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Conversations with the Inspiring Pilar Holland

Today we’d like to introduce you to Pilar Holland.

Pilar, can you briefly walk us through your story – how you started and how you got to where you are today.
I was raised by my single mother with the support of my grandparents. In junior high -inspired by 90210- I caught the acting bug and persistently plead with my mother to take me to a casting call in Los Angeles, where I was scouted by a talent agent. I began making the trek to Los Angeles for auditions and bookings, driven by my grandmother.

Despite my mother’s misgivings, when she saw my passion in action during a performance of The Vagina Monologues -in a passionate, 20-orgasm rendition of “The Woman Who Loved to Make Vaginas Happy”- she gave me the seal of approval and off to Lalaland I went.

Great, so let’s dig a little deeper into the story – has it been an easy path overall and if not, what were the challenges you’ve had to overcome?
Some of the struggles over the past couple of decades have been finding my way and discovering myself. I second guessed my career because I was told to have a backup plan. I got married because I was told to find a man to support me. I struggled building relationships because I didn’t know how to express myself and communicate my feelings. I always knew I wanted to be an actress. There wasn’t anything else I had ever wanted. Something constantly drew me towards the stage but I didn’t know what my vision or purpose was for it. It wasn’t until this past year that I discovered my true purpose behind it all, which is to create art that shifts the global culture.

Women have had a hard time finding their place and power in this industry. There aren’t very many female hosts on travel or food channels, and I am committed to breaking the mold and showcases women’s love for exploring the fruits of life. Many women I know have had body image issues and I want our future generations to see women enjoying food and getting messy with burgers and ribs, not just salads.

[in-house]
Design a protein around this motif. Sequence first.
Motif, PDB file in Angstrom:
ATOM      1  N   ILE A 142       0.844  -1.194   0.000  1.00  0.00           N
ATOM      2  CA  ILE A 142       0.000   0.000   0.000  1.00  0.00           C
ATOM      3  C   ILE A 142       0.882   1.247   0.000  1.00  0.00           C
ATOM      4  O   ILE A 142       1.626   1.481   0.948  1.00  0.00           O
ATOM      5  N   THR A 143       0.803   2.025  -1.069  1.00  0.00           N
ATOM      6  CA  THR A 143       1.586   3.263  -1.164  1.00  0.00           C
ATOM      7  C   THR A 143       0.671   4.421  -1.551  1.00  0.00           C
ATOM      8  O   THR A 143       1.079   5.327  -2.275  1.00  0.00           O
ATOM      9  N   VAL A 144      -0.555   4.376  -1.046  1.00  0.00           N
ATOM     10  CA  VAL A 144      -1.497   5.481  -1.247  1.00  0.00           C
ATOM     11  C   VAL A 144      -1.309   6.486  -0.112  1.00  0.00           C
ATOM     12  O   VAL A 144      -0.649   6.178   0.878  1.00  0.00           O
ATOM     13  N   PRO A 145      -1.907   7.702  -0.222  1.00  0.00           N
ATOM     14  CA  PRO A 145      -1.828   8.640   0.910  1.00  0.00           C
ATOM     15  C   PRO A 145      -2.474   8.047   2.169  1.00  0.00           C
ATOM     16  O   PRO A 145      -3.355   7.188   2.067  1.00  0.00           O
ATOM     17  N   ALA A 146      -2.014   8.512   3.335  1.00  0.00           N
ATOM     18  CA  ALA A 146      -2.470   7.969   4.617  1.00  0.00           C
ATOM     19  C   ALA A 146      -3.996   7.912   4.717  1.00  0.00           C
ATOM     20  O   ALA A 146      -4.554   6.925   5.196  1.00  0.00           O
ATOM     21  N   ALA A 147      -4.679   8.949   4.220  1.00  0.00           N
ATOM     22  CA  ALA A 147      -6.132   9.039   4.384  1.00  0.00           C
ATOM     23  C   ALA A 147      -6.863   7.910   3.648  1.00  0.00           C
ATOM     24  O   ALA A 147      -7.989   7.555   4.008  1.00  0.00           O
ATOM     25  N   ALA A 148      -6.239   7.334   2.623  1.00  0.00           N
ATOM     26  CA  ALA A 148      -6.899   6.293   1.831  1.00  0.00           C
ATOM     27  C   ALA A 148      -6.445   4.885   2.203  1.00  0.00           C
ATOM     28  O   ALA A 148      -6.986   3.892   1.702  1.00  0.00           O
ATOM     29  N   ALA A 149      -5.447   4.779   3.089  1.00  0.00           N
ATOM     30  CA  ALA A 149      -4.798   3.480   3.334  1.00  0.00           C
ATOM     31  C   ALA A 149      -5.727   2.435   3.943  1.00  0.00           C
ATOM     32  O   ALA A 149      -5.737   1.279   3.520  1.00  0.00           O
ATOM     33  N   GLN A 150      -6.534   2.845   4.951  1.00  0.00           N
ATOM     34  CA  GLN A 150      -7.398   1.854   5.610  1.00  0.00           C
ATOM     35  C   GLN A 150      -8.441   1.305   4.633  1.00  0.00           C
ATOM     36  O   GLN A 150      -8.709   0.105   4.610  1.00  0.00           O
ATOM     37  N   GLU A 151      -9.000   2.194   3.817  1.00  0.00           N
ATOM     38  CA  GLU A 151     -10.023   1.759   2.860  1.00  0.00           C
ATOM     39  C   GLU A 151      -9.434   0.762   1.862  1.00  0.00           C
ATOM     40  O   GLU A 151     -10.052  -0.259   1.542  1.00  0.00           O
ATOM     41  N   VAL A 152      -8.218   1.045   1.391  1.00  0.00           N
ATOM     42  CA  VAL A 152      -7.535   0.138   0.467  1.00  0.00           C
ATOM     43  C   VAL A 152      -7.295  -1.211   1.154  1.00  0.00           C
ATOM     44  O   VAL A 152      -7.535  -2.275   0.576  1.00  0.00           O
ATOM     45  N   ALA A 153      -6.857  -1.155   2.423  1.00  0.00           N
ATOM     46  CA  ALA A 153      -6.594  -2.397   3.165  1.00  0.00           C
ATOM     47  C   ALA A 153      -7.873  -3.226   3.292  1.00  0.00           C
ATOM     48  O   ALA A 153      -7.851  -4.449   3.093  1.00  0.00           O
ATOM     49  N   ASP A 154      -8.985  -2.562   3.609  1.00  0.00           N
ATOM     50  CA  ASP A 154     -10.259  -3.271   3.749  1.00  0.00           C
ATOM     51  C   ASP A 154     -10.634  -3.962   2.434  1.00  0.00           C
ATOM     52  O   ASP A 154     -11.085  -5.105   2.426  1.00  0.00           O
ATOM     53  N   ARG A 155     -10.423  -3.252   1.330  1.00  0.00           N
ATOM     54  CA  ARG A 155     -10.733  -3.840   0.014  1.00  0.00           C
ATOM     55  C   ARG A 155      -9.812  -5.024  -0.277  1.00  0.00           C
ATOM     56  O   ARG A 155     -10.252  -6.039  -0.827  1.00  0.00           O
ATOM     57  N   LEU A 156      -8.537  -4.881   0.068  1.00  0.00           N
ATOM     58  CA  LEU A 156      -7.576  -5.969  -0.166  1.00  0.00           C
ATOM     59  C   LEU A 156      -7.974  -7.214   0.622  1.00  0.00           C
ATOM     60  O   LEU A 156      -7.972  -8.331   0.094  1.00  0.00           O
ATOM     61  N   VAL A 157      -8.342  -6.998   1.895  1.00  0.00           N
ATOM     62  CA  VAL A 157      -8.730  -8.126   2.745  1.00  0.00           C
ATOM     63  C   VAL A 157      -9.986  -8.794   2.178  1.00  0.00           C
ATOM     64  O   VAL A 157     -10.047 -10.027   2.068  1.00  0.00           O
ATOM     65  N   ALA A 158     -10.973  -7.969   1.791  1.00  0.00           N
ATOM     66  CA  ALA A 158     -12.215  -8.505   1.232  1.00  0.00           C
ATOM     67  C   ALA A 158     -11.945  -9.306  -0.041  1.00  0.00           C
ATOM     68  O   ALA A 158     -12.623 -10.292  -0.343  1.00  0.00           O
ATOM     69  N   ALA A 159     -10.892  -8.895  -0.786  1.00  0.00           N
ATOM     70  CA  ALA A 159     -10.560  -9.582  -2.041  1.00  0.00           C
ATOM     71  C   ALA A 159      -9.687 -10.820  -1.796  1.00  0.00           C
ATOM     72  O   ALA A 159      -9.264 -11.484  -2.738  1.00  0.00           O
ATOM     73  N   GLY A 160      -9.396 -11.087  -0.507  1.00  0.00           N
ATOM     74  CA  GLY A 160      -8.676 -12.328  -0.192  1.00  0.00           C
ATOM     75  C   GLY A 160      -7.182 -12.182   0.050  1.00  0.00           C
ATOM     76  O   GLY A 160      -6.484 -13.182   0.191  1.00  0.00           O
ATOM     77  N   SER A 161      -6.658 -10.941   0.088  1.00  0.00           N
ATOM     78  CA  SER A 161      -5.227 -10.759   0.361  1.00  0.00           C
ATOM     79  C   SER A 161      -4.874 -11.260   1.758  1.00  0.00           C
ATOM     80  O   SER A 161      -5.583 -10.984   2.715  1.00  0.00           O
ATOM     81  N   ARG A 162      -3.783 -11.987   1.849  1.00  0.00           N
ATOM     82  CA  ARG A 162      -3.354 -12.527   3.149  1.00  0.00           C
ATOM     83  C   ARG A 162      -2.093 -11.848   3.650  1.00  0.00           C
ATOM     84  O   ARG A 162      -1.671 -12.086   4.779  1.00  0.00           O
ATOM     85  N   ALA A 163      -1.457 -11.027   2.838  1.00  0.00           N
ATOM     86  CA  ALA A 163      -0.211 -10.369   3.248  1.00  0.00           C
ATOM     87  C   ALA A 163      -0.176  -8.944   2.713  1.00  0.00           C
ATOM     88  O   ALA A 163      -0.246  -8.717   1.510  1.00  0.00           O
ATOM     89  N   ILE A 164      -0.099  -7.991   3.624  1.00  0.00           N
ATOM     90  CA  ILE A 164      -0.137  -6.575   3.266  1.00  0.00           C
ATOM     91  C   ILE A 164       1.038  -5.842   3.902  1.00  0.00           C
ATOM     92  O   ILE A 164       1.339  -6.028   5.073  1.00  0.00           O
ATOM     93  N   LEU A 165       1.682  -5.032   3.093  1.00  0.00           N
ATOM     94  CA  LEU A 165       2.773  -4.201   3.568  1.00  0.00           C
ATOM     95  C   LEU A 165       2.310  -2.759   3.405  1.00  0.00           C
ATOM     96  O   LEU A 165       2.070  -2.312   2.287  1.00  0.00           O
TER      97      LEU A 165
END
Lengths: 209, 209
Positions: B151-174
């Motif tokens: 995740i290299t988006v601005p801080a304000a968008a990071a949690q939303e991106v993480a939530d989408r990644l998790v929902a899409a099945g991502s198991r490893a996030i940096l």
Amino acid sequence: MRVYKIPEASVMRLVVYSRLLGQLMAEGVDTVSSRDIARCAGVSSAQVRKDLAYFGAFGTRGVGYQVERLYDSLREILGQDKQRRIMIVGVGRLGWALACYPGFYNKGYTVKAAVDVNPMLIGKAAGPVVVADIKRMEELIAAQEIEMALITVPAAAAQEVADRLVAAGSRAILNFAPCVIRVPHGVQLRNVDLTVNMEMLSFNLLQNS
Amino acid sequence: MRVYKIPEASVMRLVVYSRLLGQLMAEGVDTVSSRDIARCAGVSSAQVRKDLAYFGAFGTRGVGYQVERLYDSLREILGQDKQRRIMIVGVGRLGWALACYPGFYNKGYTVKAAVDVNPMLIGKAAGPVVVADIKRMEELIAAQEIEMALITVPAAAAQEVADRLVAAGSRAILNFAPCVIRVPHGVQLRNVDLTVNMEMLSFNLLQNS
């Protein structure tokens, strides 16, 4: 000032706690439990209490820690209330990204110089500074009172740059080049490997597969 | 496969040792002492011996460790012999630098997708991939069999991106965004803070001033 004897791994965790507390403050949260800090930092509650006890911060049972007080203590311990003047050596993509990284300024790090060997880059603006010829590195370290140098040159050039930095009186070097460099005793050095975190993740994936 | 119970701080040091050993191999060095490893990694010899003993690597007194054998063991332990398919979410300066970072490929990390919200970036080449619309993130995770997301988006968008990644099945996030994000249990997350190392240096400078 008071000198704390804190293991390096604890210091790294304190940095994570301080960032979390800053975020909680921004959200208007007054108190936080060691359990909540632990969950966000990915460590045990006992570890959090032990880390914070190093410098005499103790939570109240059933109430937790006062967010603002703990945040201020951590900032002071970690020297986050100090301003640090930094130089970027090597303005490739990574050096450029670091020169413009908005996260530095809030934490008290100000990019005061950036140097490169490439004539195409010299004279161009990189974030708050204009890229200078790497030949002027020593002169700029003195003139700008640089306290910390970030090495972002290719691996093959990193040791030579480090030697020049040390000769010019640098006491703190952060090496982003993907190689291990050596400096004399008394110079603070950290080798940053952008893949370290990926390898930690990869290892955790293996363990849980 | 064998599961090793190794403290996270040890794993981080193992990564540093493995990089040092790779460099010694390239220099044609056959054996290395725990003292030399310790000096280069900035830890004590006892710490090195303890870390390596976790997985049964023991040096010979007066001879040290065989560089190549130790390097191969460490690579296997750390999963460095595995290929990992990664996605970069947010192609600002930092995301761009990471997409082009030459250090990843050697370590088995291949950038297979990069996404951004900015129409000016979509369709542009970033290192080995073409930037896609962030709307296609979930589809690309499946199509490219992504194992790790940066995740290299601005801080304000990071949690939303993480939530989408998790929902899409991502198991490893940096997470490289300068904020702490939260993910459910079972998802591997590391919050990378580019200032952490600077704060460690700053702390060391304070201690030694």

I also want young women to see that they can carry a show, do anything they want behind the camera or in life, and create change. The short film I produced had an 80% female cast and crew, female director, writer, cinematographer, producer and lead actress. Women can make an impact on what stories are told and how we shift the culture.

My advice for women is to empower and support each other to rise up. We cannot do it on our own. We need our sisters to support us. We need them to confide in, learn to communicate our feelings in a compassionate way, be empathetic listeners and love one another in order to grow. Find your tribe and water your relationships. It isn’t a competition. We can all win at the game of life.

Please tell us more about your work, what you are currently focused on and most proud of.
Over the years, I have worked alongside actor greats such as Jennifer Aniston, Christian Slater, J.K. Simmons, Adam Driver, Timothy Olyphant, and Patricia Arquette. I have a robust network television career which began with an appearance on Medium and continued with Scandal, Grey’s Anatomy, Criminal Minds, NCIS, and Scorpion to name a few. I made the jump to the big screen last year working with director Adam McKay on Vice and Noah Baumbach on his new feature starring Adam Driver and Scarlet Johansson. This summer, I’ll be in Netflix’s Murder Mystery with Jennifer Aniston and Adam Sandler.

Last year, I began development on my food show, L.A. Happy, which I host and produce with her best friend Katina Nikou. L.A. Happy has over 3M views on the streaming platform Hideout.TV. We are hosting our first community happy hour event this month. Our goal is to bring communities together over bargain bites and beverages and demonstrate that being on a budget shouldn’t limit you from these experiences.

I just wrapped production on the short film I produced and starred in, I’m Sorry… I am so excited to show the world the story I created alongside so many other powerful beautiful women, a story about mental health and miscarriage.

Do you have any advice for finding a mentor or networking in general? What has worked well for you?
It’s been trial and error. I attended many acting classes looking for an acting school that felt like home. Besides the fact that the community at my studio is amazing, my mentor, Stuart Rogers, really helped me dive into the emotional life of my characters and made me a stronger more confident actress. He truly cares about his students and the work.

There are many tools now available for actors. I have a friend who created a free website for actors called working actor, which I highly recommend for those starting off. There are a lot of industry mixers on Facebook or through SAG if you’re union. Do the research because now more than ever, the community is there to support each other. Get out there and meet people.

Contact Info:


Image Credit:
Sophia Sanh

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